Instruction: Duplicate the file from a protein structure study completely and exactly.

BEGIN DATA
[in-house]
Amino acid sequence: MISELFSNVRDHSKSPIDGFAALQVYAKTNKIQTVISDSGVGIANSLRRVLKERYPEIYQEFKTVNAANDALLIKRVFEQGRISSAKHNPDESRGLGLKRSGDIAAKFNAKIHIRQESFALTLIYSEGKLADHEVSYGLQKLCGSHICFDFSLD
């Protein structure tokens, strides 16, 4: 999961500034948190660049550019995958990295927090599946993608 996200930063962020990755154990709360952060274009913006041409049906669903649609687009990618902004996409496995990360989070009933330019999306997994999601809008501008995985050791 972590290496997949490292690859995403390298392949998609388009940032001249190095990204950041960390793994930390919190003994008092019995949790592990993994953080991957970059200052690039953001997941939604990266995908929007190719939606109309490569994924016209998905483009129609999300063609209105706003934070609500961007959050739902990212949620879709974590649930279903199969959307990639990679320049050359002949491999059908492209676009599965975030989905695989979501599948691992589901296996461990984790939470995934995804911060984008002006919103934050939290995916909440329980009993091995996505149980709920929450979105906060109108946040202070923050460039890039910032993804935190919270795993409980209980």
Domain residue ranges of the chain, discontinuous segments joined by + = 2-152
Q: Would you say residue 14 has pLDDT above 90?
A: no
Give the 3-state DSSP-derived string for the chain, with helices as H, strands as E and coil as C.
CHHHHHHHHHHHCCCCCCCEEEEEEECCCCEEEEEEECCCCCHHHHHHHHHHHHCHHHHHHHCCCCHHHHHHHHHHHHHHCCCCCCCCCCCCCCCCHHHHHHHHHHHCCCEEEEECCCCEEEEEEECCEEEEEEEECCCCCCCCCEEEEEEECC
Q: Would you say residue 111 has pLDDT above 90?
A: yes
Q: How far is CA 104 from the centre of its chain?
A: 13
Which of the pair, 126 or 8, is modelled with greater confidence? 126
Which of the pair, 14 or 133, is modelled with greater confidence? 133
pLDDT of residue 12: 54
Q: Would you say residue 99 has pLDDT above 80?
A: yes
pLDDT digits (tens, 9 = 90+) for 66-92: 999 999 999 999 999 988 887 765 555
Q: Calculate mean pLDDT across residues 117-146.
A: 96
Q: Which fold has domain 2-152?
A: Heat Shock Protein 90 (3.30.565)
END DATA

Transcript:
[in-house]
Amino acid sequence: MISELFSNVRDHSKSPIDGFAALQVYAKTNKIQTVISDSGVGIANSLRRVLKERYPEIYQEFKTVNAANDALLIKRVFEQGRISSAKHNPDESRGLGLKRSGDIAAKFNAKIHIRQESFALTLIYSEGKLADHEVSYGLQKLCGSHICFDFSLD
């Protein structure tokens, strides 16, 4: 999961500034948190660049550019995958990295927090599946993608 996200930063962020990755154990709360952060274009913006041409049906669903649609687009990618902004996409496995990360989070009933330019999306997994999601809008501008995985050791 972590290496997949490292690859995403390298392949998609388009940032001249190095990204950041960390793994930390919190003994008092019995949790592990993994953080991957970059200052690039953001997941939604990266995908929007190719939606109309490569994924016209998905483009129609999300063609209105706003934070609500961007959050739902990212949620879709974590649930279903199969959307990639990679320049050359002949491999059908492209676009599965975030989905695989979501599948691992589901296996461990984790939470995934995804911060984008002006919103934050939290995916909440329980009993091995996505149980709920929450979105906060109108946040202070923050460039890039910032993804935190919270795993409980209980």
Domain residue ranges of the chain, discontinuous segments joined by + = 2-152
Q: Would you say residue 14 has pLDDT above 90?
A: no
Give the 3-state DSSP-derived string for the chain, with helices as H, strands as E and coil as C.
CHHHHHHHHHHHCCCCCCCEEEEEEECCCCEEEEEEECCCCCHHHHHHHHHHHHCHHHHHHHCCCCHHHHHHHHHHHHHHCCCCCCCCCCCCCCCCHHHHHHHHHHHCCCEEEEECCCCEEEEEEECCEEEEEEEECCCCCCCCCEEEEEEECC
Q: Would you say residue 111 has pLDDT above 90?
A: yes
Q: How far is CA 104 from the centre of its chain?
A: 13
Which of the pair, 126 or 8, is modelled with greater confidence? 126
Which of the pair, 14 or 133, is modelled with greater confidence? 133
pLDDT of residue 12: 54
Q: Would you say residue 99 has pLDDT above 80?
A: yes
pLDDT digits (tens, 9 = 90+) for 66-92: 999 999 999 999 999 988 887 765 555
Q: Calculate mean pLDDT across residues 117-146.
A: 96
Q: Which fold has domain 2-152?
A: Heat Shock Protein 90 (3.30.565)